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Dental Pain

It is important to be aware of common dental problems and diseases that result in dental pain so you can help manage your patients’ symptoms, as well as encourage patients to see dentist.

Pain to temperature

If a patient reports that changes in temperature causes pain that lasts for several seconds or minutes, it is likely associated with an inflamed pulp. If the pain is of short duration, it is likely reversible with proper attention and treatment. Several causes can be dental caries, tooth hypersensitivity or dentin exposure. As inflammation progresses and symptoms worsen, the prognosis of the tooth will also worsen. The sooner that the patient sees the dentist the better the probability that the tooth can be treated with minimal consequence.

Pain to pressure

Pain due to biting pressure can be attributed to several causes. Providers should ask their patients for a detailed history of symptoms. If the pain is sharp and of short duration, it could indicate a loose filling or cracked tooth. Sharp, throbbing pain that lingers may indicate pulpal inflammation or necrosis. If the patient describes a dull, nonspecific, throbbing pain, the cause may be grinding, food impaction, or periodontal issues.

Pain with swelling

Intraoral or extraoral swelling necessitates an urgent referral to the dentist due to an acute infection. The pain usually has a rapid onset and will occur spontaneous without any additional stimuli. A fluctuant swelling in the gingiva can usually be found by the affected tooth with or without suppuration. If an antibiotic is prescribed, inform your patient that the prescription will not get rid of the infection completely and treatment by a dentist is necessary.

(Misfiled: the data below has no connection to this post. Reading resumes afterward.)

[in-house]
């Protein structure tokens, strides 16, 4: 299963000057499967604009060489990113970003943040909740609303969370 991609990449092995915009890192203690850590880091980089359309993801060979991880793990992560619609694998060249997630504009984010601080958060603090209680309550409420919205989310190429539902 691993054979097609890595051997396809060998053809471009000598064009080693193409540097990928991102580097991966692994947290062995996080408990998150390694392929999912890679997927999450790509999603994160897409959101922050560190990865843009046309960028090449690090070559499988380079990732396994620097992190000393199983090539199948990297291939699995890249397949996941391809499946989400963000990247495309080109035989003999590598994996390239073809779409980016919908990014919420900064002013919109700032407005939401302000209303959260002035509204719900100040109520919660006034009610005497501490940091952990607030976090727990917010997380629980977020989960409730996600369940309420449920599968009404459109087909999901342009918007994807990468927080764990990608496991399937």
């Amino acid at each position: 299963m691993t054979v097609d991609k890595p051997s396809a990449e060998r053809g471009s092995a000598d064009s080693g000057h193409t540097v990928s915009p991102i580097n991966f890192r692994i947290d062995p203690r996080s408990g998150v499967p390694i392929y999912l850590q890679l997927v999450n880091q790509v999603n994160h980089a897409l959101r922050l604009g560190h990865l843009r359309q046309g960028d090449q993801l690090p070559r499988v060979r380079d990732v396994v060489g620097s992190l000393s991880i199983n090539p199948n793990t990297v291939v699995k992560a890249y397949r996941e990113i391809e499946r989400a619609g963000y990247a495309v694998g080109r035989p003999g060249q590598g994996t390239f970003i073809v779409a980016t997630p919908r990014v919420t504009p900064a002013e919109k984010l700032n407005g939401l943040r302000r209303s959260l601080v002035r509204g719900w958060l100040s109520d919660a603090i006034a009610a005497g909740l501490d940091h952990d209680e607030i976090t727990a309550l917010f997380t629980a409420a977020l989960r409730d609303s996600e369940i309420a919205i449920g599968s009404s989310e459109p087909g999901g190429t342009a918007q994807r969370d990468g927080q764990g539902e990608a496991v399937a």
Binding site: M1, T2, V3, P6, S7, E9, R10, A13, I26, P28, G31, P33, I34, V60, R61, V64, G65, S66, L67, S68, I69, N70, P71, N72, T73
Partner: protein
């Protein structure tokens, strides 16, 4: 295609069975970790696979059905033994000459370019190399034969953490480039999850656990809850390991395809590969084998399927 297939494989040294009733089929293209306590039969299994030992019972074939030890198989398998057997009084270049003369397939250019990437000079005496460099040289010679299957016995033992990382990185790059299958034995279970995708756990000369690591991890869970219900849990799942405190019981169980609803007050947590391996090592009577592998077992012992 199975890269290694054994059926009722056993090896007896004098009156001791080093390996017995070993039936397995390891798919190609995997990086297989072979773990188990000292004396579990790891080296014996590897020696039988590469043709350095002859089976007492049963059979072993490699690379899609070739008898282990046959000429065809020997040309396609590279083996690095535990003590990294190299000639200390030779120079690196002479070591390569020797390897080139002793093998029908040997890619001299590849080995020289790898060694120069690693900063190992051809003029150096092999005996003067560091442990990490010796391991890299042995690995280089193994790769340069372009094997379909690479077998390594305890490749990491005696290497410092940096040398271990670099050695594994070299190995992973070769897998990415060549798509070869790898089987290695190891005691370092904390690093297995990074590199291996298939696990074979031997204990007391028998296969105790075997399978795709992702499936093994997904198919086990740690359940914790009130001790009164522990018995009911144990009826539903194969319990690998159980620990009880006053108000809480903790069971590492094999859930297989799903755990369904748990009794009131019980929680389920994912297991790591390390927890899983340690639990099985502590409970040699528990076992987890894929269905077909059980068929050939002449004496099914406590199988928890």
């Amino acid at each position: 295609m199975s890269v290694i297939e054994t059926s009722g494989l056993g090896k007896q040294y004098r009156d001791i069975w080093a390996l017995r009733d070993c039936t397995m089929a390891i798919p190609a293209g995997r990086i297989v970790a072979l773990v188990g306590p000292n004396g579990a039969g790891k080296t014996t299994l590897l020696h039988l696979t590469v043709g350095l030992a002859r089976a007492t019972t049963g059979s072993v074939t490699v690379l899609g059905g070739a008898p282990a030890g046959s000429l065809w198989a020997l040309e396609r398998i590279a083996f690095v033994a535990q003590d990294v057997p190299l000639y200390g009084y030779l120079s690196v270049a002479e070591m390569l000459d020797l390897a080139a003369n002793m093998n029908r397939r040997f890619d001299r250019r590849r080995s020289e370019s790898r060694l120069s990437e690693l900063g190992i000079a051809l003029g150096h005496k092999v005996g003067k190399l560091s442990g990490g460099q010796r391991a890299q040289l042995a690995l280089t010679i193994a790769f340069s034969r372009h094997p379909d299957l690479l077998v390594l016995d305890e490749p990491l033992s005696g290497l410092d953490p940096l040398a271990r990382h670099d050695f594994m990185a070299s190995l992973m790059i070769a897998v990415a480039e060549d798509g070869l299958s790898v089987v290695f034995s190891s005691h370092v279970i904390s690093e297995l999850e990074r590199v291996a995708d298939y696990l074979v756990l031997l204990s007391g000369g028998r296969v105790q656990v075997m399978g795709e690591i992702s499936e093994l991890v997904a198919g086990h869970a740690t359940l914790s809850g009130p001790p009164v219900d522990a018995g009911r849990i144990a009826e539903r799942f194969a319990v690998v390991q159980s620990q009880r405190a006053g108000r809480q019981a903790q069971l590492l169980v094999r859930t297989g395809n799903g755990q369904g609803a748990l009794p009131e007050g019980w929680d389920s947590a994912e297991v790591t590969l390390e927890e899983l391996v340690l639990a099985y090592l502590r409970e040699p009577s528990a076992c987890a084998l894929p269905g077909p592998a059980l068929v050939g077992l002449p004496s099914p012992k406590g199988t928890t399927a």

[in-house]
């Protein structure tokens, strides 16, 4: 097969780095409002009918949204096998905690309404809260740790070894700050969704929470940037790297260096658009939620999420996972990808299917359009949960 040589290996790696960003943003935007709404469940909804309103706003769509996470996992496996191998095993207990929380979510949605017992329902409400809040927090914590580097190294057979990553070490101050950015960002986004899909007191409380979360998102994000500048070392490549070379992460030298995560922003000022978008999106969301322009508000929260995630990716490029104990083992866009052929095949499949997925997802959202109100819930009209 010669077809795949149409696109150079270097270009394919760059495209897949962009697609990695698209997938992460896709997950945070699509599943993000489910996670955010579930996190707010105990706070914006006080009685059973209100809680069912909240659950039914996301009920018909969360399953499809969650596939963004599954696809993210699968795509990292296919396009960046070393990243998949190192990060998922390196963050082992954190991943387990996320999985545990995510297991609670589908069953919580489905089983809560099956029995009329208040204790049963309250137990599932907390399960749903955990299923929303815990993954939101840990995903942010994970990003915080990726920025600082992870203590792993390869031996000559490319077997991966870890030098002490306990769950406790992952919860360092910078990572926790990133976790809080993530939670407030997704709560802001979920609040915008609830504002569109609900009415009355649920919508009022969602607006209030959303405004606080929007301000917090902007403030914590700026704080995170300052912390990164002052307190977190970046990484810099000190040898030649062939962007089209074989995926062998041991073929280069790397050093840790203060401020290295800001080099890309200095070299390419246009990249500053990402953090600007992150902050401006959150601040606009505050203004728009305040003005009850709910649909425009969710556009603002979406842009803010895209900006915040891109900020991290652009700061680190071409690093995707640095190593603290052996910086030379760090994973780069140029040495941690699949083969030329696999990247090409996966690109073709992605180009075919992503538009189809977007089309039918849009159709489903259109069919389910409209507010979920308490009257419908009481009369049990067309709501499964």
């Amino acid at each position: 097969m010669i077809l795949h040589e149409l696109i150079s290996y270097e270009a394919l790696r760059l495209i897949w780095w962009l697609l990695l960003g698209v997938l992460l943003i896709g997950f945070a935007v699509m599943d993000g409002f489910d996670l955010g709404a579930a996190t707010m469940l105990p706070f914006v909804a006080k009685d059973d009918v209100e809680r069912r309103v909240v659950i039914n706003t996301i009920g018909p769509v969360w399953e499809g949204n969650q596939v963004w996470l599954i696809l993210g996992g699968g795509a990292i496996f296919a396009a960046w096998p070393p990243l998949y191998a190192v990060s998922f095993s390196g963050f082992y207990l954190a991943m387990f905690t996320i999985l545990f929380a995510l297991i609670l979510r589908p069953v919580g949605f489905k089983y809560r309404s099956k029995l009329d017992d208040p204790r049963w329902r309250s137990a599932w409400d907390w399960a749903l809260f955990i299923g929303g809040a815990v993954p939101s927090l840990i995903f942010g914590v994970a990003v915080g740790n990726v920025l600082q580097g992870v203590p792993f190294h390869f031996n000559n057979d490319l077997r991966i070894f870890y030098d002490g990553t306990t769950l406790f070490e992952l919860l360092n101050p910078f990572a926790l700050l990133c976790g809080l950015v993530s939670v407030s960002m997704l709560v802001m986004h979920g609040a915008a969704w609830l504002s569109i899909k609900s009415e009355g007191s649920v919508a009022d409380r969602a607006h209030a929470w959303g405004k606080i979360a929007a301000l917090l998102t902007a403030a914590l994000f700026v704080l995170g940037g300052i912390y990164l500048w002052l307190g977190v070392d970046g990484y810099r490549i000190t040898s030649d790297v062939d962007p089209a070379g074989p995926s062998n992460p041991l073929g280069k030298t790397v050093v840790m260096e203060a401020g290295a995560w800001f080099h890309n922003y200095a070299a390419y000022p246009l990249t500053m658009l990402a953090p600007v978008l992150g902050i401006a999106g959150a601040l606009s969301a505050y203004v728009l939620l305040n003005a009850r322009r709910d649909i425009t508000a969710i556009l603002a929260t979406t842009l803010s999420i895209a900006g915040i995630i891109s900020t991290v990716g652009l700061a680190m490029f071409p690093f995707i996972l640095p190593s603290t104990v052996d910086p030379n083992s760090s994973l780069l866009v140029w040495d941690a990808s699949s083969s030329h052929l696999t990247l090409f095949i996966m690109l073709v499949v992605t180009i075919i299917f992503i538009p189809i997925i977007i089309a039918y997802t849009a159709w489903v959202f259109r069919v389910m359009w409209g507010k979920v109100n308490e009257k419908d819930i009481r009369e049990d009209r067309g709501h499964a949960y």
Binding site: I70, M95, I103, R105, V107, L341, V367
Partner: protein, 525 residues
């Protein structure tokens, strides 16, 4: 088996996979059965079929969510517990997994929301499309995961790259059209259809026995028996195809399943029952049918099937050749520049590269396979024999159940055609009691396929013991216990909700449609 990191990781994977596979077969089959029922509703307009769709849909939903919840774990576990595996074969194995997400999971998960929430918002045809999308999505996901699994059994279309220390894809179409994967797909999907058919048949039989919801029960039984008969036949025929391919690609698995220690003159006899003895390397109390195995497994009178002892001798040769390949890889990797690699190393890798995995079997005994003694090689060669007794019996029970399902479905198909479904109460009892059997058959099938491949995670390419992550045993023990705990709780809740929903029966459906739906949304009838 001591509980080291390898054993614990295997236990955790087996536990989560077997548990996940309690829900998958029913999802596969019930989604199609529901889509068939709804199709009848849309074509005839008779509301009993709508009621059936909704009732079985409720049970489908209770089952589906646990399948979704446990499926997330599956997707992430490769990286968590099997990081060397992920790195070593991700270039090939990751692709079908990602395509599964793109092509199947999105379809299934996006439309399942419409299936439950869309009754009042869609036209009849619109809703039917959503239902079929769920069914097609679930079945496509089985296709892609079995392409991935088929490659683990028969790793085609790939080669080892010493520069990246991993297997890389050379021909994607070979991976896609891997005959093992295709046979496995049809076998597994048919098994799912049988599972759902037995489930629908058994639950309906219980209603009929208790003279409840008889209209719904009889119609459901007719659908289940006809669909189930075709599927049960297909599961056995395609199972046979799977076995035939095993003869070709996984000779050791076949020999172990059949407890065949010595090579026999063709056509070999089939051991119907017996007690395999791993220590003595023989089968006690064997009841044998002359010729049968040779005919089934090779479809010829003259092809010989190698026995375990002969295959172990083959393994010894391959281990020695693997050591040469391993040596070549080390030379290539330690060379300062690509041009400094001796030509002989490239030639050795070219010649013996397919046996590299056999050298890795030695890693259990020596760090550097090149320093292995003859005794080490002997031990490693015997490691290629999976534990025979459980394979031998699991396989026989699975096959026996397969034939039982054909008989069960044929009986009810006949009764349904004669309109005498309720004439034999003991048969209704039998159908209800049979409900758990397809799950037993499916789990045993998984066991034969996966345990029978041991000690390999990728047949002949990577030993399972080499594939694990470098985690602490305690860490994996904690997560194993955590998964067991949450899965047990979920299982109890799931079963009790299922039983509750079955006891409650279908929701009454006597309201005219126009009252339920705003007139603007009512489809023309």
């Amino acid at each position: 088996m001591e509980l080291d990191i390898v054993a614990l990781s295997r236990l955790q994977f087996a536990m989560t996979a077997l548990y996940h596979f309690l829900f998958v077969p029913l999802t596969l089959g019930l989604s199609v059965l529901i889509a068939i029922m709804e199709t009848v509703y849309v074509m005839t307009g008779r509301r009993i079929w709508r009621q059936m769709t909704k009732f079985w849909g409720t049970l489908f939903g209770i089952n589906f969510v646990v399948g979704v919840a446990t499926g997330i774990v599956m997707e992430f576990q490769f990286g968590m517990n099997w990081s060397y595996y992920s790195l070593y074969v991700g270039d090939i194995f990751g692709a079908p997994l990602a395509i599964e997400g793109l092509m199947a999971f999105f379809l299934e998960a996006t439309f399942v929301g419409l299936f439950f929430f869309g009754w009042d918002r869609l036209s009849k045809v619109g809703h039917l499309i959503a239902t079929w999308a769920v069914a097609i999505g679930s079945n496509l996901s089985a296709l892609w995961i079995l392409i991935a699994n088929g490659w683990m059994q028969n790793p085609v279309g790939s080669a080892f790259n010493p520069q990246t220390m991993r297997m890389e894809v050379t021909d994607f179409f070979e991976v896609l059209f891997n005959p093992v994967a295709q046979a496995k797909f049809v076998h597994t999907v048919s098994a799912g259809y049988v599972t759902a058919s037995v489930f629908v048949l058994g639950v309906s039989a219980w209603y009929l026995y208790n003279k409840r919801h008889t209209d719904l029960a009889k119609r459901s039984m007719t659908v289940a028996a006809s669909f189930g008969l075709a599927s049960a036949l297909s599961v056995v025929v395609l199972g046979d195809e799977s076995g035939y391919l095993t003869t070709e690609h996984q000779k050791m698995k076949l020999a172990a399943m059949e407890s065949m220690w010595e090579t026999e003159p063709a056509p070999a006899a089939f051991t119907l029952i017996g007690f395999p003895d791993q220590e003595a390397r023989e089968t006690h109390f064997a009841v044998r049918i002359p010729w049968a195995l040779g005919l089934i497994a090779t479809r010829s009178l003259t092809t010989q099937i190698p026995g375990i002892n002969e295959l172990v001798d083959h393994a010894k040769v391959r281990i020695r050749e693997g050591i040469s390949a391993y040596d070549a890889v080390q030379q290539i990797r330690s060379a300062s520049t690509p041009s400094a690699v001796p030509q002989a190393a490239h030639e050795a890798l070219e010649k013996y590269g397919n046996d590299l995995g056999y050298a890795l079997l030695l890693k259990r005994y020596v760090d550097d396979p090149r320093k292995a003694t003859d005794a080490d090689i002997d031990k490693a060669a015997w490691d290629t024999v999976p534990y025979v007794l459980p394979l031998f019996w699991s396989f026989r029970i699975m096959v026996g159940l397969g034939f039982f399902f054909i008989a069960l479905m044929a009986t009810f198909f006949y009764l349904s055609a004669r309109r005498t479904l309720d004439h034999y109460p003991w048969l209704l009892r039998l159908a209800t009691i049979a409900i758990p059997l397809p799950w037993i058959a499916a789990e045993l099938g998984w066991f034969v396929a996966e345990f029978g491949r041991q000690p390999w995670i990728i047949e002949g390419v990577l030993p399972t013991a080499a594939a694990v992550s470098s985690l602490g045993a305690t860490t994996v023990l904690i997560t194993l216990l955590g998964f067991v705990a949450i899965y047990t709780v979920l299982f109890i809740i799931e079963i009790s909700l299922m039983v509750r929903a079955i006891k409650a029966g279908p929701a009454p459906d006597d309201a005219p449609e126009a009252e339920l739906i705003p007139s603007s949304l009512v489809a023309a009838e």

Sinus pain

Maxillary sinusitis can present itself as tooth pain or vice versa. Patients may describe a unilateral or bilateral constant, dull pain that worsens when biting down on posterior teeth. If you suspect the sinus infection is of odontogenic origins, then refer your patient to their dentist.

Other Considerations

Often, treatment of acute pain with opioids can lead to long-term use. Dental pain may lead to a patient’s first encounter with opioids. It is important to identify the source of pain in order to reinforce the need to seek definitive treatment at a dental office.

Resources

https://www.cdc.gov/acute-pain/dental-pain/index.html

https://www.ncbi.nlm.nih.gov/pmc/articles/PMC2886920/

https://www.ncbi.nlm.nih.gov/pmc/articles/PMC7186276/

https://my.clevelandclinic.org/health/diseases/10957-toothache